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Lua can be used both as a scripting/programming language on its own, and as an integrated scripting language for other platforms. This lesson focuses on using Lua with the interpreter available from See the next lesson to learn how to use Lua for scripting MediaWiki Scribunto/Lua extension templates now available on Wikiversity.

Prerequisites[edit | edit source]

The Lua interpreter, which can be downloaded from the official Lua website. The package includes the Lua compiler and a few sample scripts.

Lua command line interpreter[edit | edit source]

The command line Lua interpreter is a nifty tool if you need to quickly test some code. It executes lines of code as soon as you hit the Return key, and blocks of code (such as conditional statements and loops) after you complete them (with the end keyword).

If you have Lua installed, you can start the terminal and run lua to start the interpreter. If not, you can download and install it, use the Lua emulator in the browser or the Lua demo.

Here is an example session:

Lua 5.1.1  Copyright (C) 1994-2006, PUC-Rio
> print("Hello, world!")
Hello, world!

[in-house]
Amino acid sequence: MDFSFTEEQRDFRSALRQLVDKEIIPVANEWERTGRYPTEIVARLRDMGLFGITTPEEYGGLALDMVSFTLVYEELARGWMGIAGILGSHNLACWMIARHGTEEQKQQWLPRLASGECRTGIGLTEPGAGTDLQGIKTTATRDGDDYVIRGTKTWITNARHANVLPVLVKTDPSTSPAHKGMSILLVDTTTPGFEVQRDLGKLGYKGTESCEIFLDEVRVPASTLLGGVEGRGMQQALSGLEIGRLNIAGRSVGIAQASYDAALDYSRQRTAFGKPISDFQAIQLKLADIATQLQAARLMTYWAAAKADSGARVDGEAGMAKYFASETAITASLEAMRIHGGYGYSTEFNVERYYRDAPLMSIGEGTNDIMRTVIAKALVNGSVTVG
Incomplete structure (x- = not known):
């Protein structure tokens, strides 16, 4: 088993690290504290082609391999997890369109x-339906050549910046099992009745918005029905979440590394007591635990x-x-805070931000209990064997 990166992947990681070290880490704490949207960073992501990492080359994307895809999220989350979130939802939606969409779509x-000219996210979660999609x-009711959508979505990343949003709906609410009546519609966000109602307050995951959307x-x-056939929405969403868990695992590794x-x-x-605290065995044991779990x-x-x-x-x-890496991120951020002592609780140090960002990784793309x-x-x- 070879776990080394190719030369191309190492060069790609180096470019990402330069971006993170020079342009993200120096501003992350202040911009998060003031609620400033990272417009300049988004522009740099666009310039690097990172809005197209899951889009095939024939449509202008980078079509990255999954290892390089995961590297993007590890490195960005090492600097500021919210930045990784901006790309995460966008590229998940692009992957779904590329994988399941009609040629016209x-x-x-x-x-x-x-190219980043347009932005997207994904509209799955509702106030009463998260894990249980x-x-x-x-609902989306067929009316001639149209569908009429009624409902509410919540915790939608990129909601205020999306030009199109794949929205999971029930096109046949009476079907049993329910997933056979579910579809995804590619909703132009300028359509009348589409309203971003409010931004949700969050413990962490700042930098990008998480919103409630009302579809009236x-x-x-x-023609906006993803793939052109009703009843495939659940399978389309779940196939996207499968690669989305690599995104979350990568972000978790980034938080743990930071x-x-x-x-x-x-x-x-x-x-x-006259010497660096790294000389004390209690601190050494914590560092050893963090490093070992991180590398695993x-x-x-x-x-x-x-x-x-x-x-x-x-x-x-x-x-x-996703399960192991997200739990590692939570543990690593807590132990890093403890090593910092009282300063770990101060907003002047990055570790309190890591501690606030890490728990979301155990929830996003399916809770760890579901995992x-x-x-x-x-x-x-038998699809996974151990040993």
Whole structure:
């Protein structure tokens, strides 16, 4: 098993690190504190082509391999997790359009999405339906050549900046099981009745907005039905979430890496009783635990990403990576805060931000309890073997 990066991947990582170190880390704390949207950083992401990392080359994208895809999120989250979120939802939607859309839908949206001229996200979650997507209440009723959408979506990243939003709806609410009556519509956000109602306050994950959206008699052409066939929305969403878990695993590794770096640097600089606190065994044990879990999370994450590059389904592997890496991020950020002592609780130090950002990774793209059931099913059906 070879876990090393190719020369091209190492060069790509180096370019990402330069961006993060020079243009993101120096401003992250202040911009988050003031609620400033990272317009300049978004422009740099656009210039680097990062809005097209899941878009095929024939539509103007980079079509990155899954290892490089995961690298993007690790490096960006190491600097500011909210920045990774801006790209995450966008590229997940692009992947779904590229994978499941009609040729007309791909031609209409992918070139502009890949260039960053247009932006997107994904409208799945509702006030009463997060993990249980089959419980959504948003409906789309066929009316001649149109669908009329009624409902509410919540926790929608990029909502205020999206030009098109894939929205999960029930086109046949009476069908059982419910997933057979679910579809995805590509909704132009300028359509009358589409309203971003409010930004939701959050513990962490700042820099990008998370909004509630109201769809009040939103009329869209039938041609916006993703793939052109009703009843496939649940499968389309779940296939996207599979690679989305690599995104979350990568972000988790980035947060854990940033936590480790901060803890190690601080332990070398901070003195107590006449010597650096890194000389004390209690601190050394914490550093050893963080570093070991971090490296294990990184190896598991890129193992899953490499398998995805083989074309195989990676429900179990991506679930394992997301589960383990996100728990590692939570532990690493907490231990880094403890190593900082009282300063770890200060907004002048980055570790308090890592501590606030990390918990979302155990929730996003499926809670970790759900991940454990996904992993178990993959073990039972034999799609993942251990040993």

> print(5+7)
> if true then
>> print(true)
>> end

The first line uses the function print to output the string "Hello, world!". Numbers and booleans may also be output using print. The interpreter acknowledges code blocks with an extra '>' at the prompt.

When done, hit Ctrl-D (EOF) to close the interpreter.

Executing and compiling programs[edit | edit source]

While entering commands at the command line prompt is suitable for testing, it is not for executing scripts. Scripts are usually saved in files with the .lua file extension. To execute a script, the filename is passed as an argument to the interpreter. For example:

lua myscript.lua

You can compile your scripts using luac, the Lua compiler.

luac inputfile

This will output the bytecode to a file named luac.out. Use the -o argument to change this:

luac -o outputfile inputfile

Variables[edit | edit source]

The rest of the lesson will simply list the code—it is up to you to try it in the interpreter or save it in a file and execute it.

Lua is a dynamically-typed language. Variables don't have types, only values have types. This means that a variable can be set to a value of a type, and then to a value of another type. Consider this:

a = 15
a = "Hello"



This has advantages and disadvantages. It allows for different types of values to be used easily, but also means that unexpected types may be used, causing errors.

Value types[edit | edit source]

The following basic types are available in Lua:

  • boolean: Can be true or false
  • number: A real number (floating-point precision)
  • string: A string of characters, such as "Hello, world!".
  • function: Functions are first-class values in Lua (more on this later).
  • userdata: C objects passed to Lua (more on this later).
  • thread: Lua coroutines (more on this later).
  • table: Tables are flexible data structures (more on this later).
  • nil: Type of the value nil. nil represents the absence of a value